Current Issues in Criminal Justice
Institutional Violence against People with Disability: Recent Legal and Political Developments
Jessica Robyn Cadwallader,[*] Claire Spivakovsky,[†] Linda Steele[‡] and
International and Australian domestic evidence suggest that the prevalence of violence against people with disability is substantially higher than for the rest of the community. Much of the violence experienced by people with disability in Australia occurs within the purview of a variety of institutions, including group homes, large residential institutions, Australian Disability Enterprises (that is, disability employment facilities), schools, psychiatric facilities, hospitals and correctional facilities. This comment discusses recent domestic and international legal and political attempts to grapple with the issue of institutional violence against people with disability, focusing in particular on a series of Senate Committee inquiries into abuse and violence, regulation related to the National Disability Insurance Scheme, the coming into force of the Convention on the Rights of Persons with Disabilities, Australia’s anticipated ratification of the Optional Protocol to the Convention Against Torture and recent calls by Disability People’s Organisations and academics for a Royal Commission into violence against people with disability.
Keywords: disability – institutional violence – restrictive practices –
law reform – Royal Commission – torture – human rights –
national disability insurance scheme – Australia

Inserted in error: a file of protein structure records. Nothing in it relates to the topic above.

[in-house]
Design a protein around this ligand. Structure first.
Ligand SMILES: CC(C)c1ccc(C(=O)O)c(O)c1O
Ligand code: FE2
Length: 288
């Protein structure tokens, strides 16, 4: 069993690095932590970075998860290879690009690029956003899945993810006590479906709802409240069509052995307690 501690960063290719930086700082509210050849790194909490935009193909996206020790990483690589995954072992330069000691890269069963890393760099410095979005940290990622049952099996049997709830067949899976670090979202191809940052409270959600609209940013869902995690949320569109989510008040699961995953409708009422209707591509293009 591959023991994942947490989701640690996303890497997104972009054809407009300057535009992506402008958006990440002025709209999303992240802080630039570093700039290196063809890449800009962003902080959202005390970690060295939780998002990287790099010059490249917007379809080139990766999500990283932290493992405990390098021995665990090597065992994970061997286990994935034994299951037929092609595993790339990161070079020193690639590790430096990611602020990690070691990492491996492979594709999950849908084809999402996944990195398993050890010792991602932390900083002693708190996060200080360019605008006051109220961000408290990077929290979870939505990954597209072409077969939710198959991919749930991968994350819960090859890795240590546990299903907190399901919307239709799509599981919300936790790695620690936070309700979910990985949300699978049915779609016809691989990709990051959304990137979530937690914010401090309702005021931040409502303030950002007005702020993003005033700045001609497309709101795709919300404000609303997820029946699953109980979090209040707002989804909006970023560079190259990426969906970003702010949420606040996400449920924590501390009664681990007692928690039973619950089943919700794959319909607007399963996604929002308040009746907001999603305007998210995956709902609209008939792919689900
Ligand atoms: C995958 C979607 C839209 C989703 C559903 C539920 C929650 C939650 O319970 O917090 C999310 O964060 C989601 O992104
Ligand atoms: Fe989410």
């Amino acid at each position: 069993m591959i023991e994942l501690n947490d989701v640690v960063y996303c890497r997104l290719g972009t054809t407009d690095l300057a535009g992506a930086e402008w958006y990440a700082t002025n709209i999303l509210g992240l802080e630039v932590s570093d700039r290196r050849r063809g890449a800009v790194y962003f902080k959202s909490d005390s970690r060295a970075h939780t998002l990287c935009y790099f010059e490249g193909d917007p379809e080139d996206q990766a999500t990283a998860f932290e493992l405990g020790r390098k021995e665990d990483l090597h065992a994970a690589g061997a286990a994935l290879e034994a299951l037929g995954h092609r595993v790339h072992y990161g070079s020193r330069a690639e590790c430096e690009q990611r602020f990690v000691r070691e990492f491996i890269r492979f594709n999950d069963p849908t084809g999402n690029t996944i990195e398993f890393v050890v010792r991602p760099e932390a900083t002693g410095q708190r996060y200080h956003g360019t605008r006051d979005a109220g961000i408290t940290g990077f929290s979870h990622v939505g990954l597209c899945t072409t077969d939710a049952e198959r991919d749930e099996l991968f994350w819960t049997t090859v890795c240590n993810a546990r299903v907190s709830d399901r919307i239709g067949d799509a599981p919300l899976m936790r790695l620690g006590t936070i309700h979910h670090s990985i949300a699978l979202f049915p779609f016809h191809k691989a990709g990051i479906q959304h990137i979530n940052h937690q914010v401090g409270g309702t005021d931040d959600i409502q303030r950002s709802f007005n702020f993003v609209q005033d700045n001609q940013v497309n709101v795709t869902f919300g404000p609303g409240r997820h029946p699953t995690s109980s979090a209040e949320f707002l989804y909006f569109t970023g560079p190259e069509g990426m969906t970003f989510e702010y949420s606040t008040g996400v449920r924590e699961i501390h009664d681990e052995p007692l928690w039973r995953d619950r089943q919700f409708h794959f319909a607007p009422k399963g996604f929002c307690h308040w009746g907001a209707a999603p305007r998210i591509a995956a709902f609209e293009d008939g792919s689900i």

International and Australian domestic evidence suggest that the prevalence of violence against people with disability is substantially higher than for the rest of the community (Krnjacki et al. 2016).[††] Much of the violence experienced by people with disability in Australia occurs within the purview of a variety of institutions, including group homes, large residential institutions, Australian Disability Enterprises (that is, disability employment facilities), schools, psychiatric facilities, hospitals and correctional facilities. Despite policies of deinstitutionalisation in the 1980s through to the 2000s, many people with disability continue to live in institutions (including being over-represented in correctional facilities) (MacKinnon & Coleborne 2003; see more broadly Chapman et al. 2014; Emerson 2004; Mansell & Ericsson 1996; Productivity Commission 2011, p. 473). Increasingly these services are provided by non-government organisations, both for-profit and not-for-profit. Moreover, where people with disability are living at home, progressively disability support services are being delivered there too (Australian Institute of Health and Welfare 2017; Henman & Foster 2015; MacDonald 2017; Muir & Salignac 2017).